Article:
While following up on whether we are going to take away Assad's chemical weapons is certainly more exciting than following what is happening at the Federal Reserve, it merits mention that Ben Bernanke's term as the leader of the Fed is up on Jan. 31.

Although that may seem like a future issue, fervent discussion has already begun about who will take over and what consequences his or her selection will have, both politically and financially.

Additionally, up to nine members of the policy-making committee may leave within the next year. With this many changes occurring in such a short period of time, the future of Federal Reserve policies is fairly uncertain.

As the central banking system of the United States, the policies and regulations of the Fed have direct effect on the everyday lives of Americans. The Federal Reserve oversees monetary policy in the U.S. and is assigned with maximizing job creation and stabilizing prices.

Given how different economic policy can be, choosing a chairperson for this organization can be heavily influenced by the current political climate. The Fed is subject to congressional oversight and the chairperson must be confirmed by the Senate, so tons of different factors can come into play.

Up until this week, the two most likely candidates for the position have been Larry Summers, a former secretary of the Treasury and former president of Harvard University, and Janet Yellen, the current vice chair of the Federal Reserve Board.

Although both candidates are incredibly qualified and come touting impressive resumes, experience is hardly the only thing that matters when the position in question is so important.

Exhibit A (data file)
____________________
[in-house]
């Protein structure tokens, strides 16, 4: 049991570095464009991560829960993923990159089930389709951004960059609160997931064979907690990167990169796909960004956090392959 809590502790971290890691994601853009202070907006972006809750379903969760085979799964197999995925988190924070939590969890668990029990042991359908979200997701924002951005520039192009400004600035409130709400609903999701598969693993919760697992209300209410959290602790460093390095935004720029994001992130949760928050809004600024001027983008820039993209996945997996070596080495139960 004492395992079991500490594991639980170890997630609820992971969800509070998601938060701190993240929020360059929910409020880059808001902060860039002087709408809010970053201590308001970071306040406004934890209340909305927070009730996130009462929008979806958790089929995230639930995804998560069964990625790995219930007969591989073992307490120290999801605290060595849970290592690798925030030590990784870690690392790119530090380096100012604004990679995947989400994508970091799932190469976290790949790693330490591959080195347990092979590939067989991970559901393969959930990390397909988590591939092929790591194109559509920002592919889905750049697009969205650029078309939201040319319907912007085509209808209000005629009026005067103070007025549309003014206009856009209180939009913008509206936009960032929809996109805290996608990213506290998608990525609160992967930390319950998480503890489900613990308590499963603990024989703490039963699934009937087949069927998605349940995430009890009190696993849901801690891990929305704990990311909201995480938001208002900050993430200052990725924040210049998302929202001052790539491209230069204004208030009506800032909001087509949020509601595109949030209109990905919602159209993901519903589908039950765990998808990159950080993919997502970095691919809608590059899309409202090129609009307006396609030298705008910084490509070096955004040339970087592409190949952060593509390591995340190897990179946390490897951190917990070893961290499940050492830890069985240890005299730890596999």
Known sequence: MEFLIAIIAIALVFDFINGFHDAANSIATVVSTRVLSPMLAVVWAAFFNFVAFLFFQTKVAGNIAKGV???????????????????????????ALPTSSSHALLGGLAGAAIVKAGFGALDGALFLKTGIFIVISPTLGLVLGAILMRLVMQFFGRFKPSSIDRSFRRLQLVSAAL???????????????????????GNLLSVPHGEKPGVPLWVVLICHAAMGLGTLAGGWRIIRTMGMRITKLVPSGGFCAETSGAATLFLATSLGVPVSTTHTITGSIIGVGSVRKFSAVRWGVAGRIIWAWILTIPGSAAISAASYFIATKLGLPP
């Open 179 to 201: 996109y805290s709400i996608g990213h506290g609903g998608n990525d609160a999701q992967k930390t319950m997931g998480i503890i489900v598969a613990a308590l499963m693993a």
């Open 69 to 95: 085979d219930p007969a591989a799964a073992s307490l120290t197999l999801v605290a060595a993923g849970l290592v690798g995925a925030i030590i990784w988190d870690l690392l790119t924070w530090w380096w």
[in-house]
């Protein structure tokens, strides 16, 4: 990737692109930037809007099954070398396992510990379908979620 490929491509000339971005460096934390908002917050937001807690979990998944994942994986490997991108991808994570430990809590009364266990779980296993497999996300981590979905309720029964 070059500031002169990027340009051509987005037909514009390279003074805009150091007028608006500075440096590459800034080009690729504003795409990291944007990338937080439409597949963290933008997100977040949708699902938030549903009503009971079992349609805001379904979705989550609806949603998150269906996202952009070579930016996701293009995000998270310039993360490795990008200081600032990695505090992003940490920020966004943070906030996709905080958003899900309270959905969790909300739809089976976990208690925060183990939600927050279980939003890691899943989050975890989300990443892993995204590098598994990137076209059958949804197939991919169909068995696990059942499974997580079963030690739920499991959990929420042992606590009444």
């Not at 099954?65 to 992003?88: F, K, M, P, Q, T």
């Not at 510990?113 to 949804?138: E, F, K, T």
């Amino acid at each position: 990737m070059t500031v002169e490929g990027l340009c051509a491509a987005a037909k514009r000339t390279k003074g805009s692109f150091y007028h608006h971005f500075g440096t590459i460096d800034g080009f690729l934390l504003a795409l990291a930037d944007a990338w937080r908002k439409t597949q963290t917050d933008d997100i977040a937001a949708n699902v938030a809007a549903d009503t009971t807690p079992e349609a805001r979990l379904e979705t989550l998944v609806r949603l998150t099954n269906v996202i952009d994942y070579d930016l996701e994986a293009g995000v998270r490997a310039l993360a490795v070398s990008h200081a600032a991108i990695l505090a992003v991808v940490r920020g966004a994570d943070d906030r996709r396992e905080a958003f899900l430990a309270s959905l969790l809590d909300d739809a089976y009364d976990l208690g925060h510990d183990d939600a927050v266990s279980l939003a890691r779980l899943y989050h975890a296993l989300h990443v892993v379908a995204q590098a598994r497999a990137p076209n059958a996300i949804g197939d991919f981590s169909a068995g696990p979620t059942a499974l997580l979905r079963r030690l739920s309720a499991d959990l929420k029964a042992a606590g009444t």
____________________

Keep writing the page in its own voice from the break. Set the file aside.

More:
Even the smallest comments from the chairperson can have great influence on our market, and Summers tends to have the propensity to spurt off and offend people at the drop of a hat. Needless to say, I was relieved when he announced he would no longer compete for the candidacy of Chairman of the Board.

His potential chairmanship was fairly controversial and exposed some dissent within the Democratic party. Several Democratic members of Congress opposed Obama's choice and expressed that they would not confirm Summers. Some even went so far to say that his appointment process would be a "nightmare."

Despite being slated early on as one of Obama's favorite choices, several key players in the Democratic party have essentially told him not to bother. Summers continues to face backlash from several controversies, and his comments about women working in science and engineering have haunted him; in 2005 Summers stated that the reason for the lack of female representation in those fields could be related to " a different availability of aptitude at the high end."

How ironic that he is now being passed over for a woman.

While Larry Summers may be an incredibly intelligent individual with a flair for manipulating important people, he is both abrasive and egotistical. Not only was Summers a key player in repealing Glass-Steagall, a Great Depression-era law that separated the funds for commercial and investment banking, but he also has a reputation for being a little too buddy-buddy with Wall Street.

Representatives on both sides of the aisle have expressed disdain for Summers; Republican Sen. Pat Roberts stated that he wouldn't want Summers to "mow his yard." In a political climate where Republicans and Democrats have trouble agreeing on just about everything, it says quite a bit that at least some representatives from both sides feel Summers would be a volatile choice.

If Janet Yellen becomes the first female Chairperson of the Federal Reserve Board, it will represent a key crack in the glass ceiling. Summers was right to withdraw his name from the race, not only because he has a horrible temperament and people do not like him, but because he was really only in the running because of his relationship with President Obama.

For Yellen to be passed over for Summers would have been absolutely shameful. I am confident that she has enough "aptitude on the high end" to be an efficient, tactful leader of the Fed.

Katie Dean is a junior in political science. She can be reached at xvd541@utk.edu.